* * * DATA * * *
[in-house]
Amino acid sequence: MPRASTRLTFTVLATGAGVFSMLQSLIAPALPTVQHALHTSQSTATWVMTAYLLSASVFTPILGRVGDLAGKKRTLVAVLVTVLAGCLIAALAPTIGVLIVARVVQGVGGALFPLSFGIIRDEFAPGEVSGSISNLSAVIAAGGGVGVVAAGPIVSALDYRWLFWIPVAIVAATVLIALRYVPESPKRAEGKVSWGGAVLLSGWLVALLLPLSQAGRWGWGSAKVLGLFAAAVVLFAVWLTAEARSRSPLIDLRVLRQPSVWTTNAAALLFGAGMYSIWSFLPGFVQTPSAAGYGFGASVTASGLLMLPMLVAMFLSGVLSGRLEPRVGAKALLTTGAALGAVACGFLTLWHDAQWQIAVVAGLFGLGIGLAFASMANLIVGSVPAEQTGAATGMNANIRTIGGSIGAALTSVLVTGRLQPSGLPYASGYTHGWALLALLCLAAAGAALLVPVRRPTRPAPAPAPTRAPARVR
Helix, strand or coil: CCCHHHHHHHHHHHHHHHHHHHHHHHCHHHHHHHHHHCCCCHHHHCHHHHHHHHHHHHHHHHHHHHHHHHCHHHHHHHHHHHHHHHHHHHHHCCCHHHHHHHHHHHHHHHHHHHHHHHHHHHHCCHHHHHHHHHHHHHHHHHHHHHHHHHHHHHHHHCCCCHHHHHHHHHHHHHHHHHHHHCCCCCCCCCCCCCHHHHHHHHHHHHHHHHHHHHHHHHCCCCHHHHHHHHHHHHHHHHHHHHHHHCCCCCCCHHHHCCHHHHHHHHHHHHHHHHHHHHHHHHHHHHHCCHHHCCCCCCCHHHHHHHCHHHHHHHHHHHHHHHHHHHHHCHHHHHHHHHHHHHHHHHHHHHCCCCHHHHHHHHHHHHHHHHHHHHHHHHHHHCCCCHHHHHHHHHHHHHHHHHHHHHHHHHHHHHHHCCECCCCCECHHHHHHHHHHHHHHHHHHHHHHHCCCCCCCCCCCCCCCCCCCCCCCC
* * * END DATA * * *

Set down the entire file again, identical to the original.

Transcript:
[in-house]
Amino acid sequence: MPRASTRLTFTVLATGAGVFSMLQSLIAPALPTVQHALHTSQSTATWVMTAYLLSASVFTPILGRVGDLAGKKRTLVAVLVTVLAGCLIAALAPTIGVLIVARVVQGVGGALFPLSFGIIRDEFAPGEVSGSISNLSAVIAAGGGVGVVAAGPIVSALDYRWLFWIPVAIVAATVLIALRYVPESPKRAEGKVSWGGAVLLSGWLVALLLPLSQAGRWGWGSAKVLGLFAAAVVLFAVWLTAEARSRSPLIDLRVLRQPSVWTTNAAALLFGAGMYSIWSFLPGFVQTPSAAGYGFGASVTASGLLMLPMLVAMFLSGVLSGRLEPRVGAKALLTTGAALGAVACGFLTLWHDAQWQIAVVAGLFGLGIGLAFASMANLIVGSVPAEQTGAATGMNANIRTIGGSIGAALTSVLVTGRLQPSGLPYASGYTHGWALLALLCLAAAGAALLVPVRRPTRPAPAPAPTRAPARVR
Helix, strand or coil: CCCHHHHHHHHHHHHHHHHHHHHHHHCHHHHHHHHHHCCCCHHHHCHHHHHHHHHHHHHHHHHHHHHHHHCHHHHHHHHHHHHHHHHHHHHHCCCHHHHHHHHHHHHHHHHHHHHHHHHHHHHCCHHHHHHHHHHHHHHHHHHHHHHHHHHHHHHHHCCCCHHHHHHHHHHHHHHHHHHHHCCCCCCCCCCCCCHHHHHHHHHHHHHHHHHHHHHHHHCCCCHHHHHHHHHHHHHHHHHHHHHHHCCCCCCCHHHHCCHHHHHHHHHHHHHHHHHHHHHHHHHHHHHCCHHHCCCCCCCHHHHHHHCHHHHHHHHHHHHHHHHHHHHHCHHHHHHHHHHHHHHHHHHHHHCCCCHHHHHHHHHHHHHHHHHHHHHHHHHHHCCCCHHHHHHHHHHHHHHHHHHHHHHHHHHHHHHHCCECCCCCECHHHHHHHHHHHHHHHHHHHHHHHCCCCCCCCCCCCCCCCCCCCCCCC